Document Detail


Pharyngeal narrowing/occlusion during central sleep apnea.
MedLine Citation:
PMID:  7649916     Owner:  NLM     Status:  MEDLINE    
Abstract/OtherAbstract:
We hypothesized that subatmospheric intraluminal pressure is not required for pharyngeal occlusion during sleep. Six normal subjects and six subjects with sleep apnea or hypopnea (SAH) were studied during non-rapid-eye-movement sleep. Pharyngeal patency was determined by using fiber-optic nasopharyngoscopy during spontaneous central sleep apnea (n = 4) and induced hypocapnic central apnea via nasal mechanical ventilation (n = 10). Complete pharyngeal occlusion occurred in 146 of 160 spontaneously occurring central apneas in patients with central sleep apnea syndrome. During induced hypocapnic central apnea, gradual progressive pharyngeal narrowing occurred. More pronounced narrowing was noted at the velopharynx relative to the oropharynx and in subjects with SAH relative to normals. Complete pharyngeal occlusion frequently occurred in subjects with SAH (31 of 44 apneas) but rarely occurred in normals (3 of 25 apneas). Resumption of inspiratory effort was associated with persistent narrowing or complete occlusion unless electroencephalogram signs of arousal were noted. Thus pharyngeal cross-sectional area is reduced during central apnea in the absence of inspiratory effort. Velopharyngeal narrowing consistently occurs during induced hypocapnic central apnea even in normal subjects. Complete pharyngeal occlusion occurs during spontaneous or induced central apnea in patients with SAH. We conclude that subatmospheric intraluminal pressure is not required for pharyngeal occlusion to occur. Pharyngeal narrowing or occlusion during central apnea may be due to passive collapse or active constriction.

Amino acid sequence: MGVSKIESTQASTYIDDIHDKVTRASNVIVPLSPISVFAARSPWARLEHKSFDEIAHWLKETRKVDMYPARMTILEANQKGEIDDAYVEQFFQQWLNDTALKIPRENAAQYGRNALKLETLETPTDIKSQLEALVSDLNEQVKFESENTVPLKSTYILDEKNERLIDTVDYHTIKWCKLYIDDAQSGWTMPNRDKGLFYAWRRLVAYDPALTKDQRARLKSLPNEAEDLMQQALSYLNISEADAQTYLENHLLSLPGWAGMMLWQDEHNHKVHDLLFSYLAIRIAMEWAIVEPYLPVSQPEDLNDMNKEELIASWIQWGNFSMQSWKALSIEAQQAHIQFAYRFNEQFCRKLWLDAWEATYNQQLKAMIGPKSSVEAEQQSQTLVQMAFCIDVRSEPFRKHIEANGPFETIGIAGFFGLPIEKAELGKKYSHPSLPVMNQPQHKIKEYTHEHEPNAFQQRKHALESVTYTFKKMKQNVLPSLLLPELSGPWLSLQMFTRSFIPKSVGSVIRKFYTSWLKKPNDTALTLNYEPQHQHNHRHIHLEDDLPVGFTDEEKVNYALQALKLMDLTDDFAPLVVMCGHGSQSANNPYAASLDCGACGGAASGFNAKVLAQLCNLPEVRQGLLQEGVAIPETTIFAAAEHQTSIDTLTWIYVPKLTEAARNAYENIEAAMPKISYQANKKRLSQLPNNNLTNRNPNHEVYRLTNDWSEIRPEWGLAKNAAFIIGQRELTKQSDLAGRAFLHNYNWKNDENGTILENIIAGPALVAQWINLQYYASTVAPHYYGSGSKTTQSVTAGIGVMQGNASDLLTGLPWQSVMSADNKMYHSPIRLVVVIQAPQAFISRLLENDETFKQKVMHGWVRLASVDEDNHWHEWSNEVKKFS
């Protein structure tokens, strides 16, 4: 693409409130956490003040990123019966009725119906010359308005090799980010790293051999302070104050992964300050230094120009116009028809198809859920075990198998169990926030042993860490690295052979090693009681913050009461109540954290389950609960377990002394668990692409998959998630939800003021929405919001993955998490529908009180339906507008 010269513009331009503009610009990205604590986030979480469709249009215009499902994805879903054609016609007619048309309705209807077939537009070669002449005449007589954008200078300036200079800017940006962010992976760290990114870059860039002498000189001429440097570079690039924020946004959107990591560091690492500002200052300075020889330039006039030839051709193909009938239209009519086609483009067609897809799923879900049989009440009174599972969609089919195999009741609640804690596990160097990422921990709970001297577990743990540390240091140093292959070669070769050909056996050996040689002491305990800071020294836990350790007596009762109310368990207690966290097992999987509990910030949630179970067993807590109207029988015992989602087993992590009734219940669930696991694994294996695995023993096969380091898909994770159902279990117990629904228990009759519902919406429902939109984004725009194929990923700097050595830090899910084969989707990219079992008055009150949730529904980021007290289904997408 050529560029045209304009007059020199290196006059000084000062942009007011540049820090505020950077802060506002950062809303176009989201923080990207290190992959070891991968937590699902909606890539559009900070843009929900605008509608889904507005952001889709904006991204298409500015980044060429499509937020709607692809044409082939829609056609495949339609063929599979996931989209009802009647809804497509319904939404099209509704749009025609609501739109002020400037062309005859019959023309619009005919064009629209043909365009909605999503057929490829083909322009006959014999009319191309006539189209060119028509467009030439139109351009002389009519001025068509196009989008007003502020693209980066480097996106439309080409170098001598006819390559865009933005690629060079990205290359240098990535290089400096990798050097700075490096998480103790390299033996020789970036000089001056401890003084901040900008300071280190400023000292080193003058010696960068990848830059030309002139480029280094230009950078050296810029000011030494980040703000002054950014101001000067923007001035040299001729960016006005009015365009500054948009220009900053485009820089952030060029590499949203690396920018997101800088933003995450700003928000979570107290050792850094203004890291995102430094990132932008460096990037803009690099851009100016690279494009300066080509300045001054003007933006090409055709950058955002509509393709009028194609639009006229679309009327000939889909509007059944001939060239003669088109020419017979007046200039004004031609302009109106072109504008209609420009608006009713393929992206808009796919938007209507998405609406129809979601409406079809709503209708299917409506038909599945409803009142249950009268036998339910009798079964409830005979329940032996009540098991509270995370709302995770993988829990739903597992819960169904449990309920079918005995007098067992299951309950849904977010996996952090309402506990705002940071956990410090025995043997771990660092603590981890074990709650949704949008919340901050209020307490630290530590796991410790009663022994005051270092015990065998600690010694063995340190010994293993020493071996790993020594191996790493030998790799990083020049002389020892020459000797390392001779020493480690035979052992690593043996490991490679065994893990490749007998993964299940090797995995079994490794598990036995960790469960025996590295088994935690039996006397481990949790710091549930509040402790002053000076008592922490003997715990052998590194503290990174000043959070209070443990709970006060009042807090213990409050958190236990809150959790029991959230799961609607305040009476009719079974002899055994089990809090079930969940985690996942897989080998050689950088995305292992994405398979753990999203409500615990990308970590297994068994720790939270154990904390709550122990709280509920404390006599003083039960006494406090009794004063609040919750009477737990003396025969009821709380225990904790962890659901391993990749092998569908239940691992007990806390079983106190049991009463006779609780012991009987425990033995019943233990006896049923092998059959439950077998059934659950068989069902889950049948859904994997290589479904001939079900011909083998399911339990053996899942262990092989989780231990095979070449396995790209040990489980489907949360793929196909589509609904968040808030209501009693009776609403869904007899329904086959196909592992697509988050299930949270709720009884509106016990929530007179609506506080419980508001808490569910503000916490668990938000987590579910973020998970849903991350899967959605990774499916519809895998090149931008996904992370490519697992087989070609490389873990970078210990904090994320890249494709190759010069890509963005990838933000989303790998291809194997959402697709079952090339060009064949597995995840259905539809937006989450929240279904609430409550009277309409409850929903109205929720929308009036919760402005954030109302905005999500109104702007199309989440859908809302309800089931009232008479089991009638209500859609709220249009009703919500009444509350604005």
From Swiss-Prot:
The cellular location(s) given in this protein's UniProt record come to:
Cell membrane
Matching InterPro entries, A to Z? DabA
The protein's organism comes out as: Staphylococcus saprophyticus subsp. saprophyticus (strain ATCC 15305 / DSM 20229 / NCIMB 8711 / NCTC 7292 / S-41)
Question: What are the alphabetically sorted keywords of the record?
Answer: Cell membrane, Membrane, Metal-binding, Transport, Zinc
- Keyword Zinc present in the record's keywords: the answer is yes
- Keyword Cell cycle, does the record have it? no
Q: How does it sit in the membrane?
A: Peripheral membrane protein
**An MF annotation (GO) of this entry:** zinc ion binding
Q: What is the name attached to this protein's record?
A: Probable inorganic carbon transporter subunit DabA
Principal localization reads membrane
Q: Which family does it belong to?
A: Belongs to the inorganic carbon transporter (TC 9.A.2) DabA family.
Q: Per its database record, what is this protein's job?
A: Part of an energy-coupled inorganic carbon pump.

Authors:
M S Badr; F Toiber; J B Skatrud; J Dempsey
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Publication Detail:
Type:  Clinical Trial; Journal Article; Research Support, Non-U.S. Gov't; Research Support, U.S. Gov't, Non-P.H.S.; Research Support, U.S. Gov't, P.H.S.    
Journal Detail:
Title:  Journal of applied physiology (Bethesda, Md. : 1985)     Volume:  78     ISSN:  8750-7587     ISO Abbreviation:  J. Appl. Physiol.     Publication Date:  1995 May 
Date Detail:
Created Date:  1995-09-27     Completed Date:  1995-09-27     Revised Date:  2013-09-26    
Medline Journal Info:
Nlm Unique ID:  8502536     Medline TA:  J Appl Physiol (1985)     Country:  UNITED STATES    
Other Details:
Languages:  eng     Pagination:  1806-15     Citation Subset:  IM    
Affiliation:
Medical Service, William S. Middleton Memorial Veterans Hospital, Madison, Wisconsin 53705, USA.
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MeSH Terms
Descriptor/Qualifier:
Adult
Aged
Air Pressure
Airway Obstruction / physiopathology*
Electroencephalography
Electromyography
Female
Humans
Male
Middle Aged
Pharyngeal Diseases / physiopathology*
Pharynx / physiopathology*
Polysomnography
Respiratory Mechanics / physiology
Sleep / physiology
Sleep Apnea Syndromes / physiopathology*
Stimulation, Chemical
Grant Support
ID/Acronym/Agency:
HL-02588/HL/NHLBI NIH HHS; HL-42242/HL/NHLBI NIH HHS; RR-03186/RR/NCRR NIH HHS

From MEDLINE®/PubMed®, a database of the U.S. National Library of Medicine


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